1. Introduction

Kotlin is a language that adds many fresh features to allow writing cleaner, easier-to-read code.

This, in turn, makes our code significantly easier to maintain and allows for a better end result from our development. Infix notation is one of such features.

2. What Is an Infix Notation?

Kotlin allows some functions to be called without using the period and brackets. These are called infix methods, and their use can result in code that looks much more like a natural language.

This is most commonly seen in the inline Map definition:

  1 to "one",
  2 to "two",
  3 to "three"

“to” might look like a special keyword but in this example, this is a to() method leveraging the infix notation and returning a Pair<A, B>.

3. Common Standard Library Infix Functions

Apart from the to() function, used to create Pair<A, B> instances, there are some other functions that are defined as infix.

For example, the various numeric classes – Byte, Short, Int, and Long – all define the bitwise functions and(), or(), shl(), shr(), ushr(), and xor(), allowing some more readable expressions:

val color = 0x123456
val red = (color and 0xff0000) shr 16
val green = (color and 0x00ff00) shr 8
val blue = (color and 0x0000ff) shr 0

The Boolean class defines the and(), or() and xor() logical functions in a similar way:

if ((targetUser.isEnabled and !targetUser.isBlocked) or currentUser.admin) {
    // Do something if the current user is an Admin, or the target user is active

The String class also defines the match and zip functions as infix, allowing some simple-to-read code:

"Hello, World" matches "^Hello".toRegex()

There are some other examples that can be found throughout the standard library, but these are possibly the most common.

4. Writing Custom Infix Methods

Often, we’re going to want to write our own infix methods. These can be especially useful, for example, when writing a Domain Specific Language for our application, allowing the DSL code to be much more readable.

Several Kotlin libraries already use this to great effect.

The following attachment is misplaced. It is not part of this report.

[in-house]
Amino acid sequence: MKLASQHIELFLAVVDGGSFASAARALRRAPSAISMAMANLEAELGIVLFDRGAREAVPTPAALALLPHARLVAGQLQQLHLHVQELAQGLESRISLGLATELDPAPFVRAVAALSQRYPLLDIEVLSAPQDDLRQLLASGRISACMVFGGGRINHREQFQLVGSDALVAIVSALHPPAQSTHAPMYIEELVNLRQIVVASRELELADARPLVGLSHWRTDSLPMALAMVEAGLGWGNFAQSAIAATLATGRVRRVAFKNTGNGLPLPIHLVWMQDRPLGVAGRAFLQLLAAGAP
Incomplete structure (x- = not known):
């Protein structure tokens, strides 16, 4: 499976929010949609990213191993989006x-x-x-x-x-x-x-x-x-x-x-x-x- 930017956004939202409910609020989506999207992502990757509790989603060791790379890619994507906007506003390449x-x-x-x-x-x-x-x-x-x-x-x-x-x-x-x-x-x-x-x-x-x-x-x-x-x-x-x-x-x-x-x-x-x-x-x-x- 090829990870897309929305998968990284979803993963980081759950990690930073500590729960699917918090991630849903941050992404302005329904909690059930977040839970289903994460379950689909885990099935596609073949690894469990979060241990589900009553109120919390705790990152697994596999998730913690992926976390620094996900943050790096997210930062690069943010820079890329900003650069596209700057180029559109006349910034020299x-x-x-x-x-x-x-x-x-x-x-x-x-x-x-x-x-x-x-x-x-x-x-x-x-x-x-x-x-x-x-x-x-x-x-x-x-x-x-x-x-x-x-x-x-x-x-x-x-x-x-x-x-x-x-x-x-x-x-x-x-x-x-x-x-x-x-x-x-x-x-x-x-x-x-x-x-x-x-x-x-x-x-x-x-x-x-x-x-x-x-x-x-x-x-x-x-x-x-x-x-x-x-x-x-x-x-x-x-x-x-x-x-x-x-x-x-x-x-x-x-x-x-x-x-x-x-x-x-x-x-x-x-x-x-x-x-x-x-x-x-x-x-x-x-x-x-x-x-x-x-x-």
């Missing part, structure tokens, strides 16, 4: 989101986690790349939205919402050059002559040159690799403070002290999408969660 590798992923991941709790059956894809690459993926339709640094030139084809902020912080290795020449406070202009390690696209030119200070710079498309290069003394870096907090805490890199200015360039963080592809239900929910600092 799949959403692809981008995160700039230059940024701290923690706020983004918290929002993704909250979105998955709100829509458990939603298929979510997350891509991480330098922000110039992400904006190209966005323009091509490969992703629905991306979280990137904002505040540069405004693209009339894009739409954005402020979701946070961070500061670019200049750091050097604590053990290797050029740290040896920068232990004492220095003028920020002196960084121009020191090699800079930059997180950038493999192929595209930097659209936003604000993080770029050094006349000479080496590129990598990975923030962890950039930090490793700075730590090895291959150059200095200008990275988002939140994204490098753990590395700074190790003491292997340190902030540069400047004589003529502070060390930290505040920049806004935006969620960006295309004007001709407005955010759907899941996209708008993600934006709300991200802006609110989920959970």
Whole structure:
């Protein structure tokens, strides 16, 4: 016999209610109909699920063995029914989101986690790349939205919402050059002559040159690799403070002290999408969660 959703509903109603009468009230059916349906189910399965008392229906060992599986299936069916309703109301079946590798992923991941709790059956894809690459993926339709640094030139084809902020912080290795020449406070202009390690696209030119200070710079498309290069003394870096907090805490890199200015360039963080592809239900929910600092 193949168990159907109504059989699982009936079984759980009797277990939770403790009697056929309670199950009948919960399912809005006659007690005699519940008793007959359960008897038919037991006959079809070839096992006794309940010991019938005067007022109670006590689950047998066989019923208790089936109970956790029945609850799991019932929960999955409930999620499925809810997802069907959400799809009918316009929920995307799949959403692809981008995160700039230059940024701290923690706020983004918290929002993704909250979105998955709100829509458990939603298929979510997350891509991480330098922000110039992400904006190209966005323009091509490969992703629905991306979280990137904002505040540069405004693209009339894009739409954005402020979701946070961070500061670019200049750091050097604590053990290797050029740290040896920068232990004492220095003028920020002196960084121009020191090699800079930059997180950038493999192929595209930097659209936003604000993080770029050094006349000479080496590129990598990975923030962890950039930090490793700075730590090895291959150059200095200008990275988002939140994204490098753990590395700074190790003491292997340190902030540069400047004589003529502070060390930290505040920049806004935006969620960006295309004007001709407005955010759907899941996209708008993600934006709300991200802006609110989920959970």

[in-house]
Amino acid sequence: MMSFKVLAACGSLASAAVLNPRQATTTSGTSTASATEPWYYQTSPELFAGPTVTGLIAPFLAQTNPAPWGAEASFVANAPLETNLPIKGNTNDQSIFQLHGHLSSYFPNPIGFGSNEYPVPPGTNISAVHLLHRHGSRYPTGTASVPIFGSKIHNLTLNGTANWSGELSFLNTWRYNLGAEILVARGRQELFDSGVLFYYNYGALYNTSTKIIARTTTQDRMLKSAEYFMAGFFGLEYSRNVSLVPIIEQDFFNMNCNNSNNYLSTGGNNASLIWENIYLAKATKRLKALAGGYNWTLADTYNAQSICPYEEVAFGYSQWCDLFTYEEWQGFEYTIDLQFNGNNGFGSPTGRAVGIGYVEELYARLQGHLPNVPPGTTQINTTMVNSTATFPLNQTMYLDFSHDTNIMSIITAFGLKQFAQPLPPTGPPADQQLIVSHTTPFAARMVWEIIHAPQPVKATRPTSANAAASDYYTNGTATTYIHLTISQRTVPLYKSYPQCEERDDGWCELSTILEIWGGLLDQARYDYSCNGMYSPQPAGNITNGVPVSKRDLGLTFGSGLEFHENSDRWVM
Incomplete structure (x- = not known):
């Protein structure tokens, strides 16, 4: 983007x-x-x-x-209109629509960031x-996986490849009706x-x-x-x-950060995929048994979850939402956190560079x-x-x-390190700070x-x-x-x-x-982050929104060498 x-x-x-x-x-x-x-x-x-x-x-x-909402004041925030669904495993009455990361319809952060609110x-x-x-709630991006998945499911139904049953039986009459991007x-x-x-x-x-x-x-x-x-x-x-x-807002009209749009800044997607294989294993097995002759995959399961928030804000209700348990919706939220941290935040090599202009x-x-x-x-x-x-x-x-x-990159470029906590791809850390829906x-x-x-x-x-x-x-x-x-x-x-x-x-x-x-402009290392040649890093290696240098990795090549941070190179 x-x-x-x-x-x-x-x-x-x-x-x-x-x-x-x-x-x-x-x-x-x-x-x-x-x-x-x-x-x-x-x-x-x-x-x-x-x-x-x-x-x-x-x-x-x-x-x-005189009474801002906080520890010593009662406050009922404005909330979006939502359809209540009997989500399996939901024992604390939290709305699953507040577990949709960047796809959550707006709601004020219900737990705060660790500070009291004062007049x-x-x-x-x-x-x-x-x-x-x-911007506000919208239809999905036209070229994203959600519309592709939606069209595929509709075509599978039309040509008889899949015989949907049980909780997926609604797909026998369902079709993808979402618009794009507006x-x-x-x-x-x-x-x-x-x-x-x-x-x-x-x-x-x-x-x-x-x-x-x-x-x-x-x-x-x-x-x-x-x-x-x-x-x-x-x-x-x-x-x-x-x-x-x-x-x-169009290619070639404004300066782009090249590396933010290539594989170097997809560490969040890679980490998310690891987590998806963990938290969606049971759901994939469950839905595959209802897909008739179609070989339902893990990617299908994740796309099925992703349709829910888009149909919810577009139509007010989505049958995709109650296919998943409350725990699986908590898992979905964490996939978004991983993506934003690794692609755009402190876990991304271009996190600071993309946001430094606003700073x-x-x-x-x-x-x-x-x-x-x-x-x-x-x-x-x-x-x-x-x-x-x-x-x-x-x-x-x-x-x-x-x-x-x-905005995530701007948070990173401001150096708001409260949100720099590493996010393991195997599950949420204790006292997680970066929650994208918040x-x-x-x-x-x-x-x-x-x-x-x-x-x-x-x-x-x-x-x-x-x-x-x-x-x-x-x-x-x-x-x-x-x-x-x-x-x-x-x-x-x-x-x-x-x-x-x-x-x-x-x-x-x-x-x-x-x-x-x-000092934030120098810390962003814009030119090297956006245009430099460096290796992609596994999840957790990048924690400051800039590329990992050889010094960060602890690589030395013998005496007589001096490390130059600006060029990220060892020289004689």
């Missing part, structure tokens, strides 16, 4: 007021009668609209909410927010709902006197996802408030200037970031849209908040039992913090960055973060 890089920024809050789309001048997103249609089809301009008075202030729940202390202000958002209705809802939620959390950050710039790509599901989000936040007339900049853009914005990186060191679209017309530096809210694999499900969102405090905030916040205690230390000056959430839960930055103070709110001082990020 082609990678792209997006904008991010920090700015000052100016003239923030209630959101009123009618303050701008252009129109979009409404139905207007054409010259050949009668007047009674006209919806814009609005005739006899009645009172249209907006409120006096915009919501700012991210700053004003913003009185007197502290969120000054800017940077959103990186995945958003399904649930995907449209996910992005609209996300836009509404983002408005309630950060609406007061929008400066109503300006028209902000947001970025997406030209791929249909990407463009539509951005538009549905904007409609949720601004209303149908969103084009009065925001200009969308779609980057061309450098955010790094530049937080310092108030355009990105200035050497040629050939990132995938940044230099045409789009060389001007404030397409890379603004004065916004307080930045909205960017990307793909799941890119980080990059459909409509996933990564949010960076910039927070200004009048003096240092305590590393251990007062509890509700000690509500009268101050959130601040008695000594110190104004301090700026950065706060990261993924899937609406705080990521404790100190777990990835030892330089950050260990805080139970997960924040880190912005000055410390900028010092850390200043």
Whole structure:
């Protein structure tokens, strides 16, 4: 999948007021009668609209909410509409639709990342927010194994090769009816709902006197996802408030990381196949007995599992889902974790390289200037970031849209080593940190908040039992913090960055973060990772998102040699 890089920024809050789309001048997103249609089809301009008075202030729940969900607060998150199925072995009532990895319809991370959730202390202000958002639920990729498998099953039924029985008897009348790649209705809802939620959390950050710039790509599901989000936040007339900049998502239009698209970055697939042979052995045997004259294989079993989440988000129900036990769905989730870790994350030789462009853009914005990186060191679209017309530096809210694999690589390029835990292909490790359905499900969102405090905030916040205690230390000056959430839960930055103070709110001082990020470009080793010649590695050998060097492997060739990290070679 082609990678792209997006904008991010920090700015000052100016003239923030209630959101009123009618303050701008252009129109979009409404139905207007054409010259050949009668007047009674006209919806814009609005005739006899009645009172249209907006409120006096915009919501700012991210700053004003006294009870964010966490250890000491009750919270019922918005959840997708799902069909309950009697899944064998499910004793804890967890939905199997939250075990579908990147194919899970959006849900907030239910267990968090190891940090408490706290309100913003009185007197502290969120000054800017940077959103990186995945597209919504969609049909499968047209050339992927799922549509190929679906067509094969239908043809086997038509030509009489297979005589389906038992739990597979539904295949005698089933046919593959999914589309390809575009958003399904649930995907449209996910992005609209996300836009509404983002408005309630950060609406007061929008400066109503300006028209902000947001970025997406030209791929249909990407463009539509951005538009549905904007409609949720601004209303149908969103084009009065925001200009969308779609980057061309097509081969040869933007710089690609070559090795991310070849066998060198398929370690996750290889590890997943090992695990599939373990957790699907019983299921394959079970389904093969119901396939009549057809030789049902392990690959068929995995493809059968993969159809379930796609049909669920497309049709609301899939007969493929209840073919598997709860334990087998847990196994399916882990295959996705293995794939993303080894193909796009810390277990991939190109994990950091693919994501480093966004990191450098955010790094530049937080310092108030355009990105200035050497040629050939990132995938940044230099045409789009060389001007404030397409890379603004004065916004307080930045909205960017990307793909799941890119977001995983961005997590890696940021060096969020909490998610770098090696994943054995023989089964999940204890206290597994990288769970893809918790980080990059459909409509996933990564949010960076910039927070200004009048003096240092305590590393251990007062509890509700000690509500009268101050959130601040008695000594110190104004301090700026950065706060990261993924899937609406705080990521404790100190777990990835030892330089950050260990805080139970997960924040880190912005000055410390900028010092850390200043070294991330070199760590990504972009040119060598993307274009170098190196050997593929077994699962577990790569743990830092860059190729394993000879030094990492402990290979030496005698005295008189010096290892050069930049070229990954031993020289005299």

For example, the mockito-kotlin library defines some infix functions — doAnswer, doReturn, and doThrow — for use when defining mock behavior.

Writing an infix function is a simple case of following three rules:

  1. The function is either defined on a class or is an extension method for a class
  2. The function takes exactly one parameter
  3. The function is defined using the infix keyword

As a simple example, let’s define a straightforward Assertion framework for use in tests. We’re going to allow expressions that read nicely from left to right using infix functions:

class Assertion<T>(private val target: T) {
    infix fun isEqualTo(other: T) {
        Assert.assertEquals(other, target)

    infix fun isDifferentFrom(other: T) {
        Assert.assertNotEquals(other, target)

This looks simple and doesn’t seem any different from any other Kotlin code. However, the presence of the infix keyword allows us to write code like this:

val result = Assertion(5)

result isEqualTo 5 // This passes
result isEqualTo 6 // This fails the assertion
result isDifferentFrom 5 // This also fails the assertion

Immediately, this is cleaner to read and easier to understand.

Note that infix functions can also be written as extension methods to existing classes. This can be powerful, as it allows us to augment existing classes from elsewhere — including the standard library — to fit our needs.

For example, let’s add a function to a String to pull out all of the substrings that match a given regex:

infix fun String.substringMatches(r: Regex) : List<String> {
    return r.findAll(this)
      .map { it.value }

val matches = "a bc def" substringMatches ".*? ".toRegex()
Assert.assertEquals(listOf("a ", "bc "), matches)

5. Summary

This quick tutorial shows some of the things that can be done with infix functions, including how to make use of some existing ones and how to create our own to make our code cleaner and easier to read.

As always, code snippets can be found over on over on GitHub.

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